Collaborative robots – or cobots as they are more commonly referred to – are a perfect example of human-robot interaction. The concept was first publicized back in 1996 by Michael Peshkin and J. Edward Colgate, two professors from Northwestern University in Illinois. Strategic Market Research estimates that by 2020 there were over 22,000 cobots in operation, and this number is rising rapidly (with a compound annual growth rate above 15% expected between now and 2028). Currently, cobots represent the fastest expanding segment in the global industrial robotics market, according to studies undertaken by Frost & Sullivan.
Cobots are designed to work alongside humans within a shared environment. This is in contrast to conventional industrial robots – which have to be fenced in or isolated, so as to ensure worker safety. Unlike their bulky, complex and expensive counterparts, they are usually compact, relatively lightweight and simple to operate. Most importantly, cobots are versatile and affordable, enabling companies of all sizes to realize the benefits associated with automation.
Cobots in Industry 5.0
Industry 5.0 envisions bringing back human workers to automated factory floors, and having them cooperate with robots in a way that will bring extra value to the production process. The objective of this will be to combine the experience and ability to adapt that humans inherently have with the efficiency and exactitude of robotic systems.
This is where cobots come in. Designed to work in conjunction with people, they are an ideal fit for the core principles of the next phase of industrial progression. In addition to being smaller (thereby posing less of a physical threat), cobots are equipped with advanced sensors and vision technologies. This enables them to detect any risk to people working in close proximity.
Safety is just one of the salient features of cobots though. They are also very easy to install and require only minimal programming expertise to operate. Because of their compactness, installation is simple. It is straightforward for units to be positioned in different sections of the workspace – making them highly versatile and applicable to various tasks.
Notable Use Cases
Cobots bring out the best of humans and machines – drawing on the cognitive skills of the former and the power and consistency of the latter. They are proving themselves to be advantageous to companies across a broad array of different industry sectors. Here are just a few of the success stories already witnessed.
- Machine Tending -Traditional machine tending usually needs the human operator to be confined solely to a specific machine, in order to cater for its requirements while carrying out the assigned task (grinding, welding, etc.). Cobots unshackle the worker by automating the tending process. With simple instructions, cobots can tend to several machines, resulting in boosted productivity. Also, this approach significantly reduces injury risks.
By installing an OB7 cobot, Ohio-based component manufacturer B.I.C was able to automate loading and unloading parts in its turning center cell. This resulted in scrap being cut by half, production output being pushed up by 20% and worker complaints being minimized.
- Packaging and Palletizing – Cobots can handle all processes involving packing, loading and stacking of products onto pallets, especially when there are smaller payloads involved. They can even palletize items in several patterns, and their ability to work all day reduces cycle times and labor costs.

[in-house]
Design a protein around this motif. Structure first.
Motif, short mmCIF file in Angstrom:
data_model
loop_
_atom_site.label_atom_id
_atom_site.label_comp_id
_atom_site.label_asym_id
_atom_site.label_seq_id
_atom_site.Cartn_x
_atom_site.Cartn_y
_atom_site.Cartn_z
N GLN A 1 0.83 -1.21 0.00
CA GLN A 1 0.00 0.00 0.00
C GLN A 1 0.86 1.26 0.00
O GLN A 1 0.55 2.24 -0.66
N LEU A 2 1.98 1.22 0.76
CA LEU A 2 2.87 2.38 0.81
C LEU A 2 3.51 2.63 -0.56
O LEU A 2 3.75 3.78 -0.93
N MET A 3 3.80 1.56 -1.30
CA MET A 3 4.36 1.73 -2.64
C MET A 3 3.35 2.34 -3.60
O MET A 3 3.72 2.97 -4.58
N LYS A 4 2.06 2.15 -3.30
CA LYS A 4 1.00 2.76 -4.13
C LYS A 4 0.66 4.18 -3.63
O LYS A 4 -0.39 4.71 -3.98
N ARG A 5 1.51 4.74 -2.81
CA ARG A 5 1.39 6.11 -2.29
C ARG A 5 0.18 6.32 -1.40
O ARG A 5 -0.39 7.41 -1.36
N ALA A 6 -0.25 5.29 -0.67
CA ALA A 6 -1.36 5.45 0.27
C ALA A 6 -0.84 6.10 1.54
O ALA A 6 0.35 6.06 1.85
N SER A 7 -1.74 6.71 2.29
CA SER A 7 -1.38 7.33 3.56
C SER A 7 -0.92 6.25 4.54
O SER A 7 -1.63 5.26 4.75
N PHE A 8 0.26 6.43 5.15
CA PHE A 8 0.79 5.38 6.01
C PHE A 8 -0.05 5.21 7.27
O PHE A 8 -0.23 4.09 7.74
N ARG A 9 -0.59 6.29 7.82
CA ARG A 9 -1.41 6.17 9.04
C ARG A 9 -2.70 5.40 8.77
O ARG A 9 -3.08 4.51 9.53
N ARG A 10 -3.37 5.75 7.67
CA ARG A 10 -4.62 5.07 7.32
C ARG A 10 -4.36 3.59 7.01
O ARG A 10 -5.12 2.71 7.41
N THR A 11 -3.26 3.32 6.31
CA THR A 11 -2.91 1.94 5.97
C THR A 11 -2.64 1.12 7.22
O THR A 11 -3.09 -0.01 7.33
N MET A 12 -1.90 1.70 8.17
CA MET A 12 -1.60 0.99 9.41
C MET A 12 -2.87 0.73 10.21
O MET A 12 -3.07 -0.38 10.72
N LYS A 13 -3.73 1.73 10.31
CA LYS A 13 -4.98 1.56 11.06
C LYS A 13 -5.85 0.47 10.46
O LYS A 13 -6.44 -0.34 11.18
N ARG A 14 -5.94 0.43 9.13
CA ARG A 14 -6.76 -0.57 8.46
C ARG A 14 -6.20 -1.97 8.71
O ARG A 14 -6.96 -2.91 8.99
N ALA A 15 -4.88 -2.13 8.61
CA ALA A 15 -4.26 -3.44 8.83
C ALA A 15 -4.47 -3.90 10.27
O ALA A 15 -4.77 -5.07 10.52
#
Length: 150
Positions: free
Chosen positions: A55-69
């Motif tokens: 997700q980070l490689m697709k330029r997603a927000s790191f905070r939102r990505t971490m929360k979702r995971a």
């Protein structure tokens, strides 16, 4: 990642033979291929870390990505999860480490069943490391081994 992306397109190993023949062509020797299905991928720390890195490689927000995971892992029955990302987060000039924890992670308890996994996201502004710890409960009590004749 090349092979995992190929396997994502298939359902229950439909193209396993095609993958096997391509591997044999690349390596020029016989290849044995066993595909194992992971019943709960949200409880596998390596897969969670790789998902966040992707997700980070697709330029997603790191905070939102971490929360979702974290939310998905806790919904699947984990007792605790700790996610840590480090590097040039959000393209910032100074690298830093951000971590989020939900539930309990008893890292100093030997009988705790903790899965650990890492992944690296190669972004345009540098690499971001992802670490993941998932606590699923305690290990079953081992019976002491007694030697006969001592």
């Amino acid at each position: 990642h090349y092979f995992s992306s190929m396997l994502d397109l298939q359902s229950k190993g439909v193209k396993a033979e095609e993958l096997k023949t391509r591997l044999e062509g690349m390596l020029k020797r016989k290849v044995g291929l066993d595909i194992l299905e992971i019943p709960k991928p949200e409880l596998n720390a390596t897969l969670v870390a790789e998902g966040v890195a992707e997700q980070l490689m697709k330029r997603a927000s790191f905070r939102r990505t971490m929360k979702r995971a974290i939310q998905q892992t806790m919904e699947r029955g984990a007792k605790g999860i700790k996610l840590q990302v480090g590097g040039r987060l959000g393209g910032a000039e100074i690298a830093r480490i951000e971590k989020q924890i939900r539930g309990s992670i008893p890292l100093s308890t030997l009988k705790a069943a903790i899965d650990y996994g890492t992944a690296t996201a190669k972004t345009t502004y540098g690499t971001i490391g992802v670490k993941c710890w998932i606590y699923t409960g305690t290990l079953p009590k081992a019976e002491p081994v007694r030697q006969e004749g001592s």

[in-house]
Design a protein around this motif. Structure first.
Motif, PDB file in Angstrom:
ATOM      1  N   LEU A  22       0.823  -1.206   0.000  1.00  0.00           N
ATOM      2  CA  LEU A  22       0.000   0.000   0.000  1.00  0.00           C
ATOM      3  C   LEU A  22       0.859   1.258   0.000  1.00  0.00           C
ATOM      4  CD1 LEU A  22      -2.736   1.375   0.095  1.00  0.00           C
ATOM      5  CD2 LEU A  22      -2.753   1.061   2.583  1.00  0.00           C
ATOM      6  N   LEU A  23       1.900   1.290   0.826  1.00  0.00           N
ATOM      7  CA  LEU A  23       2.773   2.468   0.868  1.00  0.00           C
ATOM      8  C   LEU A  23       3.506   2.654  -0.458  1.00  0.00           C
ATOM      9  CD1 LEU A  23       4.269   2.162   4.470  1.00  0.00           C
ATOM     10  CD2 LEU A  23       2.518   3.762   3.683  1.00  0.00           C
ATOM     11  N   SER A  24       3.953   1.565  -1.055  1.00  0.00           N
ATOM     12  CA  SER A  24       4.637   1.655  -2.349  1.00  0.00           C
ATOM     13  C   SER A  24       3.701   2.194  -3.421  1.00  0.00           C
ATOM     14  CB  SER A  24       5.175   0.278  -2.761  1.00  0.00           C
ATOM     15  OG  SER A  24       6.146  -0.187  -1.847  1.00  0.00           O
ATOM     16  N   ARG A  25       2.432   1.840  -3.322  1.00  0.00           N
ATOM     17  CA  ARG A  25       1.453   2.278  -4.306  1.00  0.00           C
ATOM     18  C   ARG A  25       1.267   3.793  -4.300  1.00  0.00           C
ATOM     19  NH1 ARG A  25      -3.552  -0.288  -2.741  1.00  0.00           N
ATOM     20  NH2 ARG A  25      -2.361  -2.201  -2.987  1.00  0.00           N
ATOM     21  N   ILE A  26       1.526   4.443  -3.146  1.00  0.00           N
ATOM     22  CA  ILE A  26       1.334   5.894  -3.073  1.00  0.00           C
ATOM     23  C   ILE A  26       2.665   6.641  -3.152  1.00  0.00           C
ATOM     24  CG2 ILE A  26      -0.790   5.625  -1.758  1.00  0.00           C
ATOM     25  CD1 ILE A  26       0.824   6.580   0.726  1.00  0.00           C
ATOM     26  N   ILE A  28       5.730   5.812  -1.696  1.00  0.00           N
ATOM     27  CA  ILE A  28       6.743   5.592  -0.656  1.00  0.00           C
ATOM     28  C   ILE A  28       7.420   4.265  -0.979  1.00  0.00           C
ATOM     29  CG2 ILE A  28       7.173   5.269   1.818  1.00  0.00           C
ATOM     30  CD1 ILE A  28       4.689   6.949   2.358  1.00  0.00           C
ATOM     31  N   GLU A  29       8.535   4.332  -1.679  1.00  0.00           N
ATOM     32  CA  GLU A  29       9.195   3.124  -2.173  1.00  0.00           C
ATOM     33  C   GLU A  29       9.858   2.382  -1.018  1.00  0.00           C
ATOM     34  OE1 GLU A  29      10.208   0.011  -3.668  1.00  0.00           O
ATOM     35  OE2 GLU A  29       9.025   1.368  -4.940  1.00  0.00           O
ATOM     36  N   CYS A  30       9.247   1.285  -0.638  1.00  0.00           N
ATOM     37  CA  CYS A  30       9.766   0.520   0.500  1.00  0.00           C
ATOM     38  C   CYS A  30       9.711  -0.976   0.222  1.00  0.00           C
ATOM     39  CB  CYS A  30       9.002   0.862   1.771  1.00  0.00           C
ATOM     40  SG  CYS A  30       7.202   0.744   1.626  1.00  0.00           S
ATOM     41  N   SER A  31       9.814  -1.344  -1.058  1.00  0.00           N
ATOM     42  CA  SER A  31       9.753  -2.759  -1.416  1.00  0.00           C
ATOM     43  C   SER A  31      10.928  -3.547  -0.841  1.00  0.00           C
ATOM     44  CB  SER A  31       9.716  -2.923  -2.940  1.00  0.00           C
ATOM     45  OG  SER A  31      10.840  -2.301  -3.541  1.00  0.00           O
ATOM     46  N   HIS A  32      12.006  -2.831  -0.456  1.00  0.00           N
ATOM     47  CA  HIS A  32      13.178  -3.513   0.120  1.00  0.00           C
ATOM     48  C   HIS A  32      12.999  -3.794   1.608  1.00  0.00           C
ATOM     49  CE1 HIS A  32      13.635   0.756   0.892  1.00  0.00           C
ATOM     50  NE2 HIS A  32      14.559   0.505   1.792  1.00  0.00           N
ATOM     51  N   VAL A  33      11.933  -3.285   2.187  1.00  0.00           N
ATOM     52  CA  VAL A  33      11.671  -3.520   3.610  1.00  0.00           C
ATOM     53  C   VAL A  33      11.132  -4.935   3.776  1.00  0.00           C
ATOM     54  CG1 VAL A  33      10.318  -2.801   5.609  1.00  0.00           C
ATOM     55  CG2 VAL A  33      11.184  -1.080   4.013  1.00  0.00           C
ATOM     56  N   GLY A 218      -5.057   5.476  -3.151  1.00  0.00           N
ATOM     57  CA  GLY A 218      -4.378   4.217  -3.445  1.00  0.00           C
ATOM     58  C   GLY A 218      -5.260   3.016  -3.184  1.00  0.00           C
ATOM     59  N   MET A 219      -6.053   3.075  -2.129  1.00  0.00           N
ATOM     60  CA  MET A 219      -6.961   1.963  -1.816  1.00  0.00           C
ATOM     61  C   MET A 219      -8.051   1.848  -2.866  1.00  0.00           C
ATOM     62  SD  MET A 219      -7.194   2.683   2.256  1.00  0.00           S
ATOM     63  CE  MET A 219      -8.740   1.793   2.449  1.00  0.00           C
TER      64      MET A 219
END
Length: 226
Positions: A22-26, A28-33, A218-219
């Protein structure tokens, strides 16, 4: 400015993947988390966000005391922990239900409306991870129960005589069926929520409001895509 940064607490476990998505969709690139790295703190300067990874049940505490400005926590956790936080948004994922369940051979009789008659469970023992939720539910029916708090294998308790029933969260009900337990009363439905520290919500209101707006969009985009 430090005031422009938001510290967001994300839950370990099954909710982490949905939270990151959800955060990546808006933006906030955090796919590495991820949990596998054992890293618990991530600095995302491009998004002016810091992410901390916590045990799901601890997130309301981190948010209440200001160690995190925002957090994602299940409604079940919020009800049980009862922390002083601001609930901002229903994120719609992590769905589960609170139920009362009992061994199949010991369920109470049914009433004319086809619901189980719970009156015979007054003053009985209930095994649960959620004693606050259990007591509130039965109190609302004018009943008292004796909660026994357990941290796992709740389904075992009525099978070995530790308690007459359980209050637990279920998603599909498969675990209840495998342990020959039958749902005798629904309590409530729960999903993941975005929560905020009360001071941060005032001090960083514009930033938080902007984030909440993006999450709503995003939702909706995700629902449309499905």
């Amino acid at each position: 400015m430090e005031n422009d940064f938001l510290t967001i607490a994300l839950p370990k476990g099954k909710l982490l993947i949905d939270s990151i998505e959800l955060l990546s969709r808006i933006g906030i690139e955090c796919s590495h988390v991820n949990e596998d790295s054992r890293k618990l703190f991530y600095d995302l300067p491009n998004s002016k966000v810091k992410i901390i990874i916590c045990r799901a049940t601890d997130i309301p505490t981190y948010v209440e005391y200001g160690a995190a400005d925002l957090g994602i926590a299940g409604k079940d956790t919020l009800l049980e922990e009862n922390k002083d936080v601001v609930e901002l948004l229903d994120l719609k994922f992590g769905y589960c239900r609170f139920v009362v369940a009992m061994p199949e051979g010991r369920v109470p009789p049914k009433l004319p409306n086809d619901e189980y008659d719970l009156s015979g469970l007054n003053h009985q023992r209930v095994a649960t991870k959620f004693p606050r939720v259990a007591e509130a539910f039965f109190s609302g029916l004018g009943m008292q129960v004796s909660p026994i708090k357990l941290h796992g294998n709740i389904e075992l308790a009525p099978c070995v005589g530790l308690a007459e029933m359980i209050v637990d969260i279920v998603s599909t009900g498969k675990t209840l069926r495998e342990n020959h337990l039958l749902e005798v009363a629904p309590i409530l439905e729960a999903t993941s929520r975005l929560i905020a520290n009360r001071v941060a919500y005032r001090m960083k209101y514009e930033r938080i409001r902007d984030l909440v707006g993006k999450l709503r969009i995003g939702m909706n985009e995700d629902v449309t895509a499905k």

Clearpack, a packaging automation solutions company in Singapore, deployed one of Universal Robots’ UR10 cobots. This allowed it to develop an efficient, safe and easy-to-use palletizing system. Consequently, Clearpack’s customers have since been able to witness more effective utilization of their warehouse spaces.
- Quality Inspection -Cobots are compatible with various forms of equipment, such as high-resolution cameras and end-effectors. By just setting up a camera on the deployed cobot, a faster and more accurate quality inspection process can be derived.
Taiwan-based robotics company Techman Robot specializes in making cobots with embedded vision capabilities. It recently deployed its technology in a leading Japanese car manufacturer’s assembly lines, for conducting final quality inspection work. The car manufacturer experienced considerable time and cost savings, while also improving quality control.
- Product Assembly -Assembly processes, such as screw/bolt tightening, riveting and electronics installation, help streamline production. Cobots are highly optimized for automated assembly in relation to medium-range payloads within tight workspaces.Opel’s Eisenach automotive plant implemented a factory-wide automation system that included UR10 cobots. These units are being used to drive screws in engine assembly. The company was able to free up its employees from a physically stressful task, that could otherwise lead to long-term health issues and lost working hours.
Cobots are going to usher in a new era of manufacturing where greater emphasis may be placed on customized solutions, and tasks/processes can be altered to solve operational issues or deal with other problems. This new breed of robot is bringing about a unique synergy where human input is able to support high-throughput automation.
The use of cobots will be pivotal in democratizing automation – enabling businesses across all industries, whether they are large or small, to participate. It is helping to shape new manufacturing trends that will be beneficial to society, leading to an upskilling of the workforce and greater job satisfaction, while maintaining the highest levels of productivity.